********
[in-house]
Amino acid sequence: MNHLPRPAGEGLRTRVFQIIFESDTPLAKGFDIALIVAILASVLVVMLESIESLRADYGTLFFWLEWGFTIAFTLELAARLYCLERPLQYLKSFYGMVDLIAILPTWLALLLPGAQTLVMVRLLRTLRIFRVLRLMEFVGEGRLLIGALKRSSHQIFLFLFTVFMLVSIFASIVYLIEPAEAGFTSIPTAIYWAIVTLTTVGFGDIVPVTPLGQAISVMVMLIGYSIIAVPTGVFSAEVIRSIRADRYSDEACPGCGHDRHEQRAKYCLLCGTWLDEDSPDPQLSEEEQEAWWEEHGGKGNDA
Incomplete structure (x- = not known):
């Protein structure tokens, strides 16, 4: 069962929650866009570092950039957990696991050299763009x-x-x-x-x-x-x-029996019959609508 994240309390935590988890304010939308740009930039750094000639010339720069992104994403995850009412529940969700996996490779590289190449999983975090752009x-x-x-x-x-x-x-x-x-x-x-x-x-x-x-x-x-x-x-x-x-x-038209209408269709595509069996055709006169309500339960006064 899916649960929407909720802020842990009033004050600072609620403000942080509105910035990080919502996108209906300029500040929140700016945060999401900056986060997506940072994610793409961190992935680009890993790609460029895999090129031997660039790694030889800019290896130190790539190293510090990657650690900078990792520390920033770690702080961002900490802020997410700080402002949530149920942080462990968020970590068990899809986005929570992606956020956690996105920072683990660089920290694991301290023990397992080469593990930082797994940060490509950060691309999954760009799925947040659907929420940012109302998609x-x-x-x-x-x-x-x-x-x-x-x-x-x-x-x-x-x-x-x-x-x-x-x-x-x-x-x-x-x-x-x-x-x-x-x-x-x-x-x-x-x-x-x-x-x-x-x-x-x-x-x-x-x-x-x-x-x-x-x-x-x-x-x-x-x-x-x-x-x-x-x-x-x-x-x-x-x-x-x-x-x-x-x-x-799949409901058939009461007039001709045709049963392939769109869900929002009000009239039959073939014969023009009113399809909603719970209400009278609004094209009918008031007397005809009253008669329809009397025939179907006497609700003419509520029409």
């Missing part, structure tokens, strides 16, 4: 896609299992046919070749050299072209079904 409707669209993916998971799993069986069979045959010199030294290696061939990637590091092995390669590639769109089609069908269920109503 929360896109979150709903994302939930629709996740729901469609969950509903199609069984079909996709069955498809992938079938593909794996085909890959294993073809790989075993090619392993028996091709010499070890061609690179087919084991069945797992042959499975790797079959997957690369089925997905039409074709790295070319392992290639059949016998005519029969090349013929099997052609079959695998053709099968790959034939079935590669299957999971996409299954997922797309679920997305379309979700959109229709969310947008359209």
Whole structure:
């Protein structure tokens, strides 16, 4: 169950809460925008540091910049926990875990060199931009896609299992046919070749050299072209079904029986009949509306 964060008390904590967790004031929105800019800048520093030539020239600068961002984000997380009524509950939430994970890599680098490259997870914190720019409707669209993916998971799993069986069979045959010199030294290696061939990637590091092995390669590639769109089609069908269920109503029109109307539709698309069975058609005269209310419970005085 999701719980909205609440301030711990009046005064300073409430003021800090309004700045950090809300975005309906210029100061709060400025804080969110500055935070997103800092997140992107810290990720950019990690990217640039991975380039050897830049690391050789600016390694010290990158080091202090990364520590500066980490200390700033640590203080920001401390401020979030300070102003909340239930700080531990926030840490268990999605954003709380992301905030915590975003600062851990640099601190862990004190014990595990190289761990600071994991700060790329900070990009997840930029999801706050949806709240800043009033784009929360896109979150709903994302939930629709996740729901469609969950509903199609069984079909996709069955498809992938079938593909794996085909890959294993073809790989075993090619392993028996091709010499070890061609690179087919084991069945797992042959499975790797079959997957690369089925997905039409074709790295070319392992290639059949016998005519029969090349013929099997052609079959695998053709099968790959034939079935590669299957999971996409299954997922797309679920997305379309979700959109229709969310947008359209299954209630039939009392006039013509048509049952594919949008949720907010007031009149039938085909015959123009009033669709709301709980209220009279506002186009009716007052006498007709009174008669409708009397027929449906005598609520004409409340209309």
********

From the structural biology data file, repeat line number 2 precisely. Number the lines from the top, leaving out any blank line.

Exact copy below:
Amino acid sequence: MNHLPRPAGEGLRTRVFQIIFESDTPLAKGFDIALIVAILASVLVVMLESIESLRADYGTLFFWLEWGFTIAFTLELAARLYCLERPLQYLKSFYGMVDLIAILPTWLALLLPGAQTLVMVRLLRTLRIFRVLRLMEFVGEGRLLIGALKRSSHQIFLFLFTVFMLVSIFASIVYLIEPAEAGFTSIPTAIYWAIVTLTTVGFGDIVPVTPLGQAISVMVMLIGYSIIAVPTGVFSAEVIRSIRADRYSDEACPGCGHDRHEQRAKYCLLCGTWLDEDSPDPQLSEEEQEAWWEEHGGKGNDA